Global warming? Antarctic ice growing thicker

But the summary condition of polar ice: Melting. We now know exactly how much. And the thaw is accelerating.

On edge. Antarctica is slightly thickening overall, but it's losing western coastal areas. That's feeding the global bathtub level, which is inching up at an accelerating rate.


Here's some fodder for the crowd that scoffs at global warming: Antarctic ice has grown more solid over the last 20 years.

So says a video report by BBC science editor David Shukman, who notes that in Antarctica, "The bulk of the ice sheet is largely unchanged, or even getting slightly thicker."

But before the jeering gets too loud: The overall condition of all polar ice, is, you guessed it, melting. That takes into account considerable thawing in the Arctic, as well as in coastal areas of western Antarctica that buck the continent's hardening trend.

Shukman's report notes that scientists now definitely know the extent to which the polar ice melt has contributed to sea level rises - 11 millimeters (0.43 inches) over the last 20 years. And they can also say for certain that the melting is accelerating.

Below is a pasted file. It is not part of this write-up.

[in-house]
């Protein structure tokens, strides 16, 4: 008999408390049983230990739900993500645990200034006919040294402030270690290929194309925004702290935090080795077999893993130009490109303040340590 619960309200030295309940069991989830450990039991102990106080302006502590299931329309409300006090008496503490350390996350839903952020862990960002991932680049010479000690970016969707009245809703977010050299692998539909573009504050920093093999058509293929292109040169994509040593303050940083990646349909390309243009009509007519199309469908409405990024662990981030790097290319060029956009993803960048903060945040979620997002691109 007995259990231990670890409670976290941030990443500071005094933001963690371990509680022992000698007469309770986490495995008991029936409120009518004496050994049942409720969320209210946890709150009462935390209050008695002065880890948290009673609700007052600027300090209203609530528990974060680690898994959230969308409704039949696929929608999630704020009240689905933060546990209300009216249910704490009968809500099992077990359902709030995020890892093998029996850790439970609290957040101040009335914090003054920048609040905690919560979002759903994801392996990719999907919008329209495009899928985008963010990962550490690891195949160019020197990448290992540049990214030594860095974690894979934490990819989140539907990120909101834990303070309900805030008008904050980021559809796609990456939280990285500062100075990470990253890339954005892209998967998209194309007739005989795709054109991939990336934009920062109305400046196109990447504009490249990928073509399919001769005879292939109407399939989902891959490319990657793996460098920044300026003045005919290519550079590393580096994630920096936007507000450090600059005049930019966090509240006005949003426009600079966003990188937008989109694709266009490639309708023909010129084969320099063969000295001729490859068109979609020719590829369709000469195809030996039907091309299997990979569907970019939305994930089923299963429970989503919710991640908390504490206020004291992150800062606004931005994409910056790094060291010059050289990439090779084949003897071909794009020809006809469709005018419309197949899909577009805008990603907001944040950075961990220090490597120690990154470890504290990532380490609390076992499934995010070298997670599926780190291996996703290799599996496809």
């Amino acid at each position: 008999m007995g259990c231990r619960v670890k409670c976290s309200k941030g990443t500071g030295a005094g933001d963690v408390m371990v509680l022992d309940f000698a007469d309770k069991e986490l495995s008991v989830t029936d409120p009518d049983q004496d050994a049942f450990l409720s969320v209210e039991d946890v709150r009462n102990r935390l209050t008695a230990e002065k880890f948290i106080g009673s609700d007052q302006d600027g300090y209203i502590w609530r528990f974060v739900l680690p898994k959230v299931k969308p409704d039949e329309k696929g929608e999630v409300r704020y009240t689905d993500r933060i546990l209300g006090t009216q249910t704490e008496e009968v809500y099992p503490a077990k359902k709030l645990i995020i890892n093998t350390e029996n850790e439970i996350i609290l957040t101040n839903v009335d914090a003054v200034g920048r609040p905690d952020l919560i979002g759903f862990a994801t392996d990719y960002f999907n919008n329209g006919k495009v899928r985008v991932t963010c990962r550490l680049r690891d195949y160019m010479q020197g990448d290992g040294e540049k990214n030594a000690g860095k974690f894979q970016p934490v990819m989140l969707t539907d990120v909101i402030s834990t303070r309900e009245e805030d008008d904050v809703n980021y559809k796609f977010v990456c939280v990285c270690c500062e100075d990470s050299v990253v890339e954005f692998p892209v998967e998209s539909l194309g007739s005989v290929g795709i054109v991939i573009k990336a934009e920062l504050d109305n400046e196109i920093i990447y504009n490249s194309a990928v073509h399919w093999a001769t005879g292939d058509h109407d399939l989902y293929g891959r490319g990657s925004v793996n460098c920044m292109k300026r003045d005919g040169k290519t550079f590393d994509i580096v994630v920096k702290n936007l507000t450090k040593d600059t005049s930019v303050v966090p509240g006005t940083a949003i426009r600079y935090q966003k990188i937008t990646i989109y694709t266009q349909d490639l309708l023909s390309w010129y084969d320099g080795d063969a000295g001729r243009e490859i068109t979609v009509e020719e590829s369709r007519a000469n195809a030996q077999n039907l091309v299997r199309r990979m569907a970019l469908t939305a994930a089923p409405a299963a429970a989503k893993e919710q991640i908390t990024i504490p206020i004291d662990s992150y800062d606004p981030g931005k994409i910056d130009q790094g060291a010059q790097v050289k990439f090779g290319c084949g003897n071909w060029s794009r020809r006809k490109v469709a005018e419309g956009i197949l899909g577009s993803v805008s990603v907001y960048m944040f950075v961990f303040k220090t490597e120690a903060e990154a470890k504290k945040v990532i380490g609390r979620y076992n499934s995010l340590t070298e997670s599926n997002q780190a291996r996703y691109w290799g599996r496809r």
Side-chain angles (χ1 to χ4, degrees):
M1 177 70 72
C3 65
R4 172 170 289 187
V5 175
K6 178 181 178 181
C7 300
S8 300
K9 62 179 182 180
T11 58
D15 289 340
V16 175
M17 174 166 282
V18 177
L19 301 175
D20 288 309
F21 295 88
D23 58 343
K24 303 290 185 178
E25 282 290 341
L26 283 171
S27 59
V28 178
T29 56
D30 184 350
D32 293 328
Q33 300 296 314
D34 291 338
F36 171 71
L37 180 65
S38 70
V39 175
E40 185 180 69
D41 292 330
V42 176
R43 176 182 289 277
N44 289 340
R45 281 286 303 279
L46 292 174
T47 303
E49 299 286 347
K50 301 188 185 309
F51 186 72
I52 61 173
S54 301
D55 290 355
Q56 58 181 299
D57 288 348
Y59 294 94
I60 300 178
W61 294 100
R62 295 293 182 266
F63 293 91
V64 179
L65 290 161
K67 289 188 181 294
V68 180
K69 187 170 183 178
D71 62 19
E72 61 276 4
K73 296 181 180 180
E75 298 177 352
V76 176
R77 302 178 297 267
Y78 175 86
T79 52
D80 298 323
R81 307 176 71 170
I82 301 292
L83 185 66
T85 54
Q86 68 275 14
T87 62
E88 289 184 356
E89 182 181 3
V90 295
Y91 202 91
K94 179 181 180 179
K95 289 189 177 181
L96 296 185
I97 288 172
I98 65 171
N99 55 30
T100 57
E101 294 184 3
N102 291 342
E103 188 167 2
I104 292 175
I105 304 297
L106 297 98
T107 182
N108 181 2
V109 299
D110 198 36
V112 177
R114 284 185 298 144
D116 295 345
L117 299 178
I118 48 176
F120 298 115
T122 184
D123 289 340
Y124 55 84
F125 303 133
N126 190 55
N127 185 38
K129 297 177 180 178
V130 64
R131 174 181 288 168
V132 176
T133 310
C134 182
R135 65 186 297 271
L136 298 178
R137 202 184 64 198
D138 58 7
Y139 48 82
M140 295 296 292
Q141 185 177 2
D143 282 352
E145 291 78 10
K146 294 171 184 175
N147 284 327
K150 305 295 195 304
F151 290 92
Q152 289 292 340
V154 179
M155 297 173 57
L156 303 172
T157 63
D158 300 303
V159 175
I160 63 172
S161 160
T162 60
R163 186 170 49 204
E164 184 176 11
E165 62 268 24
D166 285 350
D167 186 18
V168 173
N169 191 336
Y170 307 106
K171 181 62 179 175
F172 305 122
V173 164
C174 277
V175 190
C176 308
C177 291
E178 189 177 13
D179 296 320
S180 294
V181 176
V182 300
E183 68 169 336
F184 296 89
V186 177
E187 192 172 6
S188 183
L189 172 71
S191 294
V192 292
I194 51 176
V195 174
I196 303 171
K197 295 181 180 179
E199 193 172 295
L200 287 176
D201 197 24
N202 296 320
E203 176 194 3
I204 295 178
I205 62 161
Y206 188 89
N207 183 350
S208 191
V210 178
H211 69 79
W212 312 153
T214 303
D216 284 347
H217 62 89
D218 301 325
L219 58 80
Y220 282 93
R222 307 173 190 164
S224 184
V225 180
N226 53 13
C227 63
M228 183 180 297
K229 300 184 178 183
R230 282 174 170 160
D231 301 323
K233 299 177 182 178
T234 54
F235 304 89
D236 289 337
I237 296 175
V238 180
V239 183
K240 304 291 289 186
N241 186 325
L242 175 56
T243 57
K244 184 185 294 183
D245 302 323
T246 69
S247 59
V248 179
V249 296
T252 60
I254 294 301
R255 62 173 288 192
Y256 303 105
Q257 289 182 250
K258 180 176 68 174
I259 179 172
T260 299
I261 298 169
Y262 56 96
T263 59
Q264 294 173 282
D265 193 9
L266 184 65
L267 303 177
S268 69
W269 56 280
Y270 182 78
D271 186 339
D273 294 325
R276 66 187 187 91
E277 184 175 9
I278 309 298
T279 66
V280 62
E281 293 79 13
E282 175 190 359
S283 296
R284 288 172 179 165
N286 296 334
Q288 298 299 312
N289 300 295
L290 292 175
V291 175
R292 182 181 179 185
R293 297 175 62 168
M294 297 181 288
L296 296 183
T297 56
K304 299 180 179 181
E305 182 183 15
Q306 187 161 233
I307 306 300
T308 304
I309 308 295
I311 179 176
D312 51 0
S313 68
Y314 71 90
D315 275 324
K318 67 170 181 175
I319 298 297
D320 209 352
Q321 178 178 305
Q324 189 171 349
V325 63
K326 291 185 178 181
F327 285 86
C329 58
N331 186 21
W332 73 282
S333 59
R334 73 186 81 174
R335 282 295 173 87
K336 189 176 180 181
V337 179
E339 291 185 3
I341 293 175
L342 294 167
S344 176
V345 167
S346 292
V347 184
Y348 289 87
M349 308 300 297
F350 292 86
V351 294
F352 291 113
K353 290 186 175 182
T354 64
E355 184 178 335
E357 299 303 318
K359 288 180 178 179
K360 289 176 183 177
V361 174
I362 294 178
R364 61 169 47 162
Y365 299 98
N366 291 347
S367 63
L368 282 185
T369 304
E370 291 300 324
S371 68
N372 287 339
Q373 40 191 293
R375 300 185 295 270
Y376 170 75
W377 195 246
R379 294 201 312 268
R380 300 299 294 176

Why are they all of a sudden so sure? Because the latest numbers pool the findings of 10 satellites from different countries. They also draw on 20 different polar research teams who collaboratively reported in Science.


"People have been a little bit confused in the past because there have been different messages over different time periods," says lead author Professor Andrew Shepherd of Leeds University in the video report, which includes spectacular footage of Greenland glaciers crashing to the ocean (the BBC won't let me embed, but click on the link above to view).

"What we find is sometimes the ice sheets grow, and sometimes they shrink," he says. "You need to measure them over 20 years to be able to see the true story.  And the true story is that the ice losses have increased."

Dr. Hamish Pritchard of the British Antarctic Survey adds, "The next big challenge is to predict what will happen over, say, the next century. And that is going to be a tough challenge. There are lots of difficult processes to understand going on in there."

The 0.43-inch rise might not sound like a lot. But as Shukman notes, "It could be very serious if the trend continues."

Anyone who lost their home to Hurricane Sandy last month or to the recent floods in a country that I now call Lake England should know what he means.

Photo: Vincent van Zeijst via Wikimedia.

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